It has been estimated that the world population will increase by 2.2 billion over the next three decades and a significant improvement in crop yields would help meet the need for more food. Engineering plants such that more sugar is allocated towards edible organs such as fruits is one way to improve crop yields. Many of the genes that are being targeted in these plant engineering efforts are sugar transporters. This project focuses on the SWEET family of plant transporters, which are important for the distribution of sugar to various plant tissues. The overall goal of this project is to characterize SWEET sugar transporters and ultimately to use the information to engineer plants with better yields. At the educational level, this project will develop activities to bridge the gap between plant biology and engineering for students at the K-12, undergraduate, and graduate levels. This project will also enhance the participation of underrepresented minorities in engineering through direct involvement in the proposed research.

The production of sugars in leaves and their mobilization to roots and reproductive organs is a significant determinant of crop yields. Some of the most critical genes in this process are sugar transporters, the proteins embedded in membranes that enable the uptake or release of sugar from cells or subcellular compartments. Despite their recognized importance, transporters in general, and sugar transporters in particular, remain notoriously difficult to study. Conventional approaches to characterize transporters are too laborious and time-consuming for widespread adoption. The research objectives of this proposal are to use biomolecular sensors to determine the substrate specificity of members of the SWEET family of sugar transporters, and to formulate mechanistic models of substrate competition for SWEETs. These models will quantitatively represent biological molecules and their mechanisms of interaction at a physicochemical level?key missing wirings between the metabolome and the proteome.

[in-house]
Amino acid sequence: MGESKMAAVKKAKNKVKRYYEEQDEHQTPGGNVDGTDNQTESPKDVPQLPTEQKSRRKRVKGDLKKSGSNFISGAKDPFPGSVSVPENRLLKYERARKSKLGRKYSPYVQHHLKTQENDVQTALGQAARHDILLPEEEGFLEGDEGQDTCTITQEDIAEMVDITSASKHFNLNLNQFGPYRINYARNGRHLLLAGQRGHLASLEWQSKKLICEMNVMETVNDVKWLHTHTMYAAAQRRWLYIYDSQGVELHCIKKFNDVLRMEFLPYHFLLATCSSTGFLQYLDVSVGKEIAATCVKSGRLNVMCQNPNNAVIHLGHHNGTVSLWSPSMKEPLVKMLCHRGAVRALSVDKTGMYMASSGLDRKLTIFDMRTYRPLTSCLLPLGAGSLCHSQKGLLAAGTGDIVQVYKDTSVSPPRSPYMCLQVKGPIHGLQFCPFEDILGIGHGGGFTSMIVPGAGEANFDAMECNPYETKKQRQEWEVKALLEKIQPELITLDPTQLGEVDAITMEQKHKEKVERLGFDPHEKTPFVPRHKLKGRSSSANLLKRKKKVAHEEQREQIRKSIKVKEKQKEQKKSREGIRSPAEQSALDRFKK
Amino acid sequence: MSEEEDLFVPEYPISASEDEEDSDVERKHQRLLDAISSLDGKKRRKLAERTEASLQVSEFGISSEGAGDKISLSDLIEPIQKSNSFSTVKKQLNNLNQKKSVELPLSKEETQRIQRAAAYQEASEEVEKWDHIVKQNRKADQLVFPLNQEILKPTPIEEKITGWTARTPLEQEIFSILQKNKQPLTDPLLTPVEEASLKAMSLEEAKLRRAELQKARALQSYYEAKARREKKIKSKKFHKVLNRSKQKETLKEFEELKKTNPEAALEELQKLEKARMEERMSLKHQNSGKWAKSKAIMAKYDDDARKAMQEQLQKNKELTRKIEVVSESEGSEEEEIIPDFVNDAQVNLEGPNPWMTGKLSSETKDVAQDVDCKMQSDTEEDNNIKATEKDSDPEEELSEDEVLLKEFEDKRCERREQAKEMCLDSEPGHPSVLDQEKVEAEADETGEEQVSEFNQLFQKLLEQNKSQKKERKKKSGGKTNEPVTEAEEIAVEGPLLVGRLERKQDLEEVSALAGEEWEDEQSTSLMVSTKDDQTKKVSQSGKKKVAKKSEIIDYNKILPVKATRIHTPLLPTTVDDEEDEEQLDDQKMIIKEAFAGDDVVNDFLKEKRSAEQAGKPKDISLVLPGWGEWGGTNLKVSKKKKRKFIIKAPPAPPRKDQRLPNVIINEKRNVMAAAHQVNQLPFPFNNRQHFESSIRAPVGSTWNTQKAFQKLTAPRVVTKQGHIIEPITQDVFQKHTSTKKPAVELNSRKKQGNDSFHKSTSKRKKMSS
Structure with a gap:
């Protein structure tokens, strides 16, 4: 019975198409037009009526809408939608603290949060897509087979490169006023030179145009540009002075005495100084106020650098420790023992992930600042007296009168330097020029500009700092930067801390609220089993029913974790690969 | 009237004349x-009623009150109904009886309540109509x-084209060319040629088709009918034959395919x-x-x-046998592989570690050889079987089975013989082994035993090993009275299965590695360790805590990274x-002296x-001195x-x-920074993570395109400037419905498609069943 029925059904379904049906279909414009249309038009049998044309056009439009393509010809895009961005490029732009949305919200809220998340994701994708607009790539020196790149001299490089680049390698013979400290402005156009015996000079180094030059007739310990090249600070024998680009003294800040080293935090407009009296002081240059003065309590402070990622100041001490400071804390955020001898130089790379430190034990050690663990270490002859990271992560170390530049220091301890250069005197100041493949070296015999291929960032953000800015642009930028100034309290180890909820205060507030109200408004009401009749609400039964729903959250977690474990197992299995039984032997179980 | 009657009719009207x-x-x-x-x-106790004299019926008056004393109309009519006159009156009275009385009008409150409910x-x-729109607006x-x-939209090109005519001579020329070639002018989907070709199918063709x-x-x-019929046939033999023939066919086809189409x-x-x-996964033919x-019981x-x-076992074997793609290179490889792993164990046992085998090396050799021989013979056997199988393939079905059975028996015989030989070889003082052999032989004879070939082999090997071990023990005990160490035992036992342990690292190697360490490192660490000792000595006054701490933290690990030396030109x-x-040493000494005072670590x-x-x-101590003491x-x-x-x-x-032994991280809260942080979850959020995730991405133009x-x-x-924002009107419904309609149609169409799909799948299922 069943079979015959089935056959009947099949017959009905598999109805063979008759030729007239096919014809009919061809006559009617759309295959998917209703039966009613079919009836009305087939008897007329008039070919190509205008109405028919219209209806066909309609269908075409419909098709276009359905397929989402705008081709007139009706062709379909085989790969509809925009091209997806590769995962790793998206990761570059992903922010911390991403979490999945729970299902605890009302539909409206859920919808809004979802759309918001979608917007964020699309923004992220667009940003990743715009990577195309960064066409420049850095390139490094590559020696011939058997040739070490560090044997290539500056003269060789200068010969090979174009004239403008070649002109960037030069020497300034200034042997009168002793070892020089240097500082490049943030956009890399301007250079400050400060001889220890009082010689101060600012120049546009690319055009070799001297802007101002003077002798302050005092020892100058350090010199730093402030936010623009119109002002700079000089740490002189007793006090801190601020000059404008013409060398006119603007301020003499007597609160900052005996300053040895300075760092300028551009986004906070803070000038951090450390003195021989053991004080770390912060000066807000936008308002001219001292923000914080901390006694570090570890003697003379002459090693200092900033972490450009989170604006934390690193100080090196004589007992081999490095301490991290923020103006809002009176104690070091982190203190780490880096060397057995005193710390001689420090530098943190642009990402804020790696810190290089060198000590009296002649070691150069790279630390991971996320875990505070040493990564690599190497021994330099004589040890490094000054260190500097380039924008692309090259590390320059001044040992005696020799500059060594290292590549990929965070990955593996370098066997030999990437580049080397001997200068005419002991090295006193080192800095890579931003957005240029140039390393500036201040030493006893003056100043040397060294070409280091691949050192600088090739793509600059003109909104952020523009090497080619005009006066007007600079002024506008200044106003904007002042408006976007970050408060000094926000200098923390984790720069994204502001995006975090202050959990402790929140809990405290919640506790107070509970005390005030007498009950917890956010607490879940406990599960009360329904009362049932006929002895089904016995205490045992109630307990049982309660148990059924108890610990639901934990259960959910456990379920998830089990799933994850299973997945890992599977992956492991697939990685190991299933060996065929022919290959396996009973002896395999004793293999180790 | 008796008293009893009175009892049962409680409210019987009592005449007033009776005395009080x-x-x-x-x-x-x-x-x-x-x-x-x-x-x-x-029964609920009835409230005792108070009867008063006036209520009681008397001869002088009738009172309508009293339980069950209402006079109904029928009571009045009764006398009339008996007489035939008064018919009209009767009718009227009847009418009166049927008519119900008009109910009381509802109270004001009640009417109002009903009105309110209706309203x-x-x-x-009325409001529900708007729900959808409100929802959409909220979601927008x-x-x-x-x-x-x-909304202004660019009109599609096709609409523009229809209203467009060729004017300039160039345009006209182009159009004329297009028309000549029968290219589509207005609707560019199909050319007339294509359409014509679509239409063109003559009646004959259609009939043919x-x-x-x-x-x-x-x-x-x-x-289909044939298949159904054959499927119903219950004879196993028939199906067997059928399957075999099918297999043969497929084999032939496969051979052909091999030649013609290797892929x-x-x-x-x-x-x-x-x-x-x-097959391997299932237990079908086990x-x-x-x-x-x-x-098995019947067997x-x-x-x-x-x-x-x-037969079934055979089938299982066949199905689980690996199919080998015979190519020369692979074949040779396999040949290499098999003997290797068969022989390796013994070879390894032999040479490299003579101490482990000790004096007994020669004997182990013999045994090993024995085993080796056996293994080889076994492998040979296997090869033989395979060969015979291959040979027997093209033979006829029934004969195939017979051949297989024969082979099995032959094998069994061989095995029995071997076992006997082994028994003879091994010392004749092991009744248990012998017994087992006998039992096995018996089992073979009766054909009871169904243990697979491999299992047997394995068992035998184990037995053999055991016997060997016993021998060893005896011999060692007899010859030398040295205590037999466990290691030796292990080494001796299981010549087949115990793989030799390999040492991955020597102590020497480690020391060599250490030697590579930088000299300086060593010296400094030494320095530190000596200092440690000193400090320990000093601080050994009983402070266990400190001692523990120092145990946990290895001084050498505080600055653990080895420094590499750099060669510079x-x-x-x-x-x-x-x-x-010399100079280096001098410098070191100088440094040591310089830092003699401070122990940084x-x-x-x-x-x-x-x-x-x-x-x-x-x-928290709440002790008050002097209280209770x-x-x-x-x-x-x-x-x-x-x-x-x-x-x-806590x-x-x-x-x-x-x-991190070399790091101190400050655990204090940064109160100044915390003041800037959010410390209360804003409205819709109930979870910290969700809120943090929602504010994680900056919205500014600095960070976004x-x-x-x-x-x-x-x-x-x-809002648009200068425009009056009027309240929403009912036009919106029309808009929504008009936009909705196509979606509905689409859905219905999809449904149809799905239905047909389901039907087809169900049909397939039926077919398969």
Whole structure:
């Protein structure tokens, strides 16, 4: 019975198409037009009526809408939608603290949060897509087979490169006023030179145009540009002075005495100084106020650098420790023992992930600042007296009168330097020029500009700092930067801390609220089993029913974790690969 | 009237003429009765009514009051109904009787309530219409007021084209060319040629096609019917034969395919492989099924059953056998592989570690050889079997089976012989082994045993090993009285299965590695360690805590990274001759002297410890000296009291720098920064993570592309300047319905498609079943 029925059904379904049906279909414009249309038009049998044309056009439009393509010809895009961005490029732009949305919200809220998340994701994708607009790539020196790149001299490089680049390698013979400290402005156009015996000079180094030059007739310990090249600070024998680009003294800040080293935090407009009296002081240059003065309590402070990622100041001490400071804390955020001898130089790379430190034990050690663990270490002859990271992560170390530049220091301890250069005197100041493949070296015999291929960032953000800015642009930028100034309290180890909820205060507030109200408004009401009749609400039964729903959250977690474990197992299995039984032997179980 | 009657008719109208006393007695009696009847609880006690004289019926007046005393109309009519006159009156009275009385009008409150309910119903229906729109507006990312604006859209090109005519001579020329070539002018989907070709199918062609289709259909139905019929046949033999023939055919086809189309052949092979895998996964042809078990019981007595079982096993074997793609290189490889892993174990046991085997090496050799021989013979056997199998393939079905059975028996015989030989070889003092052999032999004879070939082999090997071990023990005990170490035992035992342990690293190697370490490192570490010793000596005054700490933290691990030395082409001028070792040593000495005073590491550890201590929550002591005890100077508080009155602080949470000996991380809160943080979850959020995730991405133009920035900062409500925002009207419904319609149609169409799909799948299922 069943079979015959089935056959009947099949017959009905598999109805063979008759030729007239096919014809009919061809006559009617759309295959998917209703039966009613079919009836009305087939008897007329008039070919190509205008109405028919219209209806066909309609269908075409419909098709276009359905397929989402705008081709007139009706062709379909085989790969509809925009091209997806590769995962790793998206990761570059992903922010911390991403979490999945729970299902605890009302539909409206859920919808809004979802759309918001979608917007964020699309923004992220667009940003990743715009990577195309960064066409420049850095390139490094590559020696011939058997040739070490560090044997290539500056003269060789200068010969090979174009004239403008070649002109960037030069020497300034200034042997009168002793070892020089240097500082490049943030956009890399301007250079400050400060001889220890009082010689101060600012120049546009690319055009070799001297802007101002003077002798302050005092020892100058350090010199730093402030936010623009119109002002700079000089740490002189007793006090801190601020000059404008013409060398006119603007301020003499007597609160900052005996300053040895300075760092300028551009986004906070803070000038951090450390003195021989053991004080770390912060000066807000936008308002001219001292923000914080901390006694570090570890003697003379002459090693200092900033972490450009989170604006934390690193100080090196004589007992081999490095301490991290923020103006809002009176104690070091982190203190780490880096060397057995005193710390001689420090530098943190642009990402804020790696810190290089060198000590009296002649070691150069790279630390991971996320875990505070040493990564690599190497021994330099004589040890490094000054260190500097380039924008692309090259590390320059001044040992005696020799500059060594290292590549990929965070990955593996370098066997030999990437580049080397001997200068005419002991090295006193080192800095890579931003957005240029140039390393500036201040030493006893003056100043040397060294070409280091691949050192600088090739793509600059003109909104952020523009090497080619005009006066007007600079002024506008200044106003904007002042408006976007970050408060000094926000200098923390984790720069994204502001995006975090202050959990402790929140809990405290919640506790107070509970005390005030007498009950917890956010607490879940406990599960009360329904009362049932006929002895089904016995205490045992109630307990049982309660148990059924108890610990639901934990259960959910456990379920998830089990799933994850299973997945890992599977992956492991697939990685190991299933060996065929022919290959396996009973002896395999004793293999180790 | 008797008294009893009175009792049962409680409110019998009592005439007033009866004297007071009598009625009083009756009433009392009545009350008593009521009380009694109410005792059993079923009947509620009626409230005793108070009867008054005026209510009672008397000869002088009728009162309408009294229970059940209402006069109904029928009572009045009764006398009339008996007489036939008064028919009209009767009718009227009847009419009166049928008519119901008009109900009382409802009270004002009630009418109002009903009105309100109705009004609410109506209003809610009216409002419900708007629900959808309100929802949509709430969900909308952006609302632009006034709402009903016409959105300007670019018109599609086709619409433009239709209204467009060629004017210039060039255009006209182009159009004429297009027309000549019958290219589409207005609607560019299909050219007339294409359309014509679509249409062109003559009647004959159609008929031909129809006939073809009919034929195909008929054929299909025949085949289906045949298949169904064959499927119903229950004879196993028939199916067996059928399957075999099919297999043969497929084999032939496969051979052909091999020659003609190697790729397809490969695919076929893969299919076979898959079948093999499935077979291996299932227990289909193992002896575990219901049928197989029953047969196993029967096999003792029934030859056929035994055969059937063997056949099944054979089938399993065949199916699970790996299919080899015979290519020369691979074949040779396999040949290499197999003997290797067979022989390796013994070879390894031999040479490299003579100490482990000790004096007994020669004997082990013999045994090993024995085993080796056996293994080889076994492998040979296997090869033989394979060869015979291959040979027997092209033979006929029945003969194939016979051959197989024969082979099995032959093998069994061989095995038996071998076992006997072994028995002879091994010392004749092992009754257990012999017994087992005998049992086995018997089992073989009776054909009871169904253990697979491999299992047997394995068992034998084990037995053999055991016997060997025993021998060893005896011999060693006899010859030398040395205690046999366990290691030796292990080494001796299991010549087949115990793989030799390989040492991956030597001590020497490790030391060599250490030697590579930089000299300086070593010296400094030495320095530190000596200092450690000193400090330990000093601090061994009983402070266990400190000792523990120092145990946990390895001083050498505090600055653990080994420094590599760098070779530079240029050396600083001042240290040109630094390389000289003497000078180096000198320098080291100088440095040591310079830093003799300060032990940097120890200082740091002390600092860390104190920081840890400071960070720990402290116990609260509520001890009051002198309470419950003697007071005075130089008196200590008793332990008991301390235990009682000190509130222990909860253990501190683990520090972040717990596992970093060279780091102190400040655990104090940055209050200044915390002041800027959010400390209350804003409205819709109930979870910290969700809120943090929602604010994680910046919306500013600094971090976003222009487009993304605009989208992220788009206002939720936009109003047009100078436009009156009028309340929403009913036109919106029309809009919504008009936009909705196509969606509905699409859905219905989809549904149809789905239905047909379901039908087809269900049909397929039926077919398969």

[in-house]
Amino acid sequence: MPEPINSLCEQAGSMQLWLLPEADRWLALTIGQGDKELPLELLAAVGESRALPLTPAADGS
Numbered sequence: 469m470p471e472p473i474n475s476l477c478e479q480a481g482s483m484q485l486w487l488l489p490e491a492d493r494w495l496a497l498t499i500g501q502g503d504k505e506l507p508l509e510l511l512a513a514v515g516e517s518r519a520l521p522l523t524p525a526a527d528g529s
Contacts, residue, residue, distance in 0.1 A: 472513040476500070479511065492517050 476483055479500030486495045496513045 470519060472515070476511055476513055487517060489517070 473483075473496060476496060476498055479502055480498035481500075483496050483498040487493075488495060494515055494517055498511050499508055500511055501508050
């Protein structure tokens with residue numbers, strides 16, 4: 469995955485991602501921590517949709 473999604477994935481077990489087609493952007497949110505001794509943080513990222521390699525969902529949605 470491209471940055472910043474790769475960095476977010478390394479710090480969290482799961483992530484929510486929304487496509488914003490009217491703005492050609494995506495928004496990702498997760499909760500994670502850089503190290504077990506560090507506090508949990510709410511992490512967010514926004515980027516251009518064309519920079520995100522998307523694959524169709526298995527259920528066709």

This award reflects NSF's statutory mission and has been deemed worthy of support through evaluation using the Foundation's intellectual merit and broader impacts review criteria.

Agency
National Science Foundation (NSF)
Institute
Division of Molecular and Cellular Biosciences (MCB)
Application #
1942722
Program Officer
Anthony Garza
Project Start
Project End
Budget Start
2019-12-15
Budget End
2024-11-30
Support Year
Fiscal Year
2019
Total Cost
$503,891
Indirect Cost
Name
Georgia Tech Research Corporation
Department
Type
DUNS #
City
Atlanta
State
GA
Country
United States
Zip Code
30332